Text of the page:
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Father jailed for starving daughter to death

A Bavarian man was sentenced to 13 years in jail on Thursday for collaborating with his wife to deliberately starve their three-year-old daughter to death.

Father jailed for starving daughter to death
Photo: DPA

A court in Nuremberg sentenced the 30-year-old truck driver from the Thalmässing district of Bavaria for murder by neglect and abuse.

The court said the man, Patrick R., had gone along with his overbearing, dominant wife in allowing the couple’s daughter, Sarah, to starve because he was too weak to stand up to her.

He had fully understood that his daughter was dying and had taken care not to help her, the sentencing judge said. The judge added that the man could have saved Sarah by taking her to a doctor but had avoided doing so, the judge said.

“This case has barely left anyone unaffected,” the judge said. Sarah’s suffering had been “deeply shocking and moving.”

“What kind of parents are these, who let their child starve in front of their eyes?” he asked.

Sarah died of cardiopulmonary failure in a Nuremberg hospital on August 10, 2009. She was by then emaciated and dehydrated to the point of being skeletal.

The trial of the mother, who is seriously ill from cancer, has been put on hold.

Sarah’s slow death began at the time of her mother’s dramatic weight loss in April 2009. The mother, who had weighed 120 kilograms, lost 50 kilograms within four months – partly by her choice but also partly because she had cancer, though she didn’t know that at the time.

She gave up looking after her daughter around this time. By Sarah’s third birthday in May 2009, she was showing clear signs of malnutrition. Sarah’s father had also been aware of this. Rather than looking after the girl himself when he was home from work as a truck driver, Patrick R. had gone along with his wife and helped hide Sarah at home.

“The reason for this behaviour, in our view, was fear,” the judge said. The woman, who already had two children from her first marriage, had worried someone would report Sarah’s malnutrition to authorities.

So the couple hid the girl in their room and deflected questions from friends and relatives.

The judge stressed that the mother had clearly been the instigator of the girl’s neglect. She had made the decision to let Sarah starve in order to cover up her earlier neglect. It had also been her idea to hide the girl.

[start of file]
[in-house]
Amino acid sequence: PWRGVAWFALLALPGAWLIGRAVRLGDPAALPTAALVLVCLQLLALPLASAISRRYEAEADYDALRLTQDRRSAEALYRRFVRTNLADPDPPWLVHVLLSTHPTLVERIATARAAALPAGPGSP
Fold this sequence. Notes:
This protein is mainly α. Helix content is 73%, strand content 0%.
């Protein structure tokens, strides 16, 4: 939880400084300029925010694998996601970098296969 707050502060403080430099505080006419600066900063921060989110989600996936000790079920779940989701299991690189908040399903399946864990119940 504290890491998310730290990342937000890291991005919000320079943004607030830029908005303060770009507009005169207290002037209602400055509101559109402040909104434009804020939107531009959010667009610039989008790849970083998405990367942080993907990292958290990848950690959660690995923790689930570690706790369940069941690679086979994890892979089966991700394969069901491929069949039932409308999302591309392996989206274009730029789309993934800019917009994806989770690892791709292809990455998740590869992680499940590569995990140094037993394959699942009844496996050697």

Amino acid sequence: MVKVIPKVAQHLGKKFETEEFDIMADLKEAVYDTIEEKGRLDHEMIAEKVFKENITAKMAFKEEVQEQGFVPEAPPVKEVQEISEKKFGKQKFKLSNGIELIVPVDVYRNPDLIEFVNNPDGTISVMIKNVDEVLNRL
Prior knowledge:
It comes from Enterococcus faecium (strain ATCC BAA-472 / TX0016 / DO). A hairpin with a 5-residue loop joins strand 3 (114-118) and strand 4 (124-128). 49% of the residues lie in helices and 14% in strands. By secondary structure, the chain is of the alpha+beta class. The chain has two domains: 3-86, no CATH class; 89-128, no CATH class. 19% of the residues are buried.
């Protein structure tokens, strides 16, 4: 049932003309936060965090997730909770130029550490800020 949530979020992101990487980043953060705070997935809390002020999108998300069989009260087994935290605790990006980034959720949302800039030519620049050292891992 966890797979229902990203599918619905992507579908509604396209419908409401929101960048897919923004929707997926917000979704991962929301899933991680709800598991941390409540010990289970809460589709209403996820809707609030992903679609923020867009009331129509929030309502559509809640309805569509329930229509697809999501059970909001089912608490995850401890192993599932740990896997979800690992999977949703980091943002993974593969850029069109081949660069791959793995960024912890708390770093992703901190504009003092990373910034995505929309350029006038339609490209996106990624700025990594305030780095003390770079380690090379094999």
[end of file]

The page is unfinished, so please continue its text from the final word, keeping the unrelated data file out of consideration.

But Patrick R. had helped her. And in the end, his daughter had had no meaning for him, the judge said.

DAPD/The Local

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CRIME

101-year-old former Nazi guard pleads innocent in German trial

A 101-year-old former Nazi concentration camp guard on Monday once again denied being complicit in war crimes during the Holocaust as his trial drew to a close in Germany.

101-year-old former Nazi guard pleads innocent in German trial

Josef Schütz, the oldest person so far to face trial over Nazi crimes during World War II, is accused of involvement in the murders of 3,518 prisoners at the Sachsenhausen camp in Oranienburg, north of Berlin, between 1942 and 1945.

The pensioner, who now lives in Brandenburg state, has pleaded innocent throughout the trial, saying he did “absolutely nothing” and was not aware of the gruesome crimes being carried out at the camp.

“I don’t know why I am here,” he said again at the close of the proceedings, his voice wavering.

Dressed in a grey shirt and pyjama bottoms and sitting in a wheelchair, Schütz insisted he had had nothing to do with the atrocities and was “telling the truth”.

READ ALSO: Ex-Nazi death camp secretary who fled trial to face court in Germany

Prosecutors say he “knowingly and willingly” participated in the crimes as a guard at the camp and are seeking to punish him with five years behind bars.

But Schütz’s lawyer, Stefan Waterkamp, said that since there were no photographs of him wearing an SS uniform, the case was based on “hints” of his possible involvement.

“As early as 1973, investigators had information about him but did not pursue him. At the time, witnesses could have been heard but now they are all dead or no longer able to speak,” Waterkamp said.

Former Nazi guard

The 101-year-old former Nazi guard covers his face at the Neuruppin courthouse. Photo: picture alliance/dpa | Fabian Sommer

It would be a mistake for the court to try to “make up for the mistakes of a previous generation of judges”, the lawyer said.

Antoine Grumbach, 80, whose father died in Sachsenhausen, told AFP Schuetz “does not want to remember”, calling it “a form of defence”.

The trial was not just about “putting a centenarian in prison”, he said. It had also produced evidence that Sachsenhausen was an “experimental extermination camp”.

“All the cruellest methods were invented there and then exported,” Grumbach said.

READ ALSO: Trials of aging Nazis a ‘reminder for the present’, says German prosecutor

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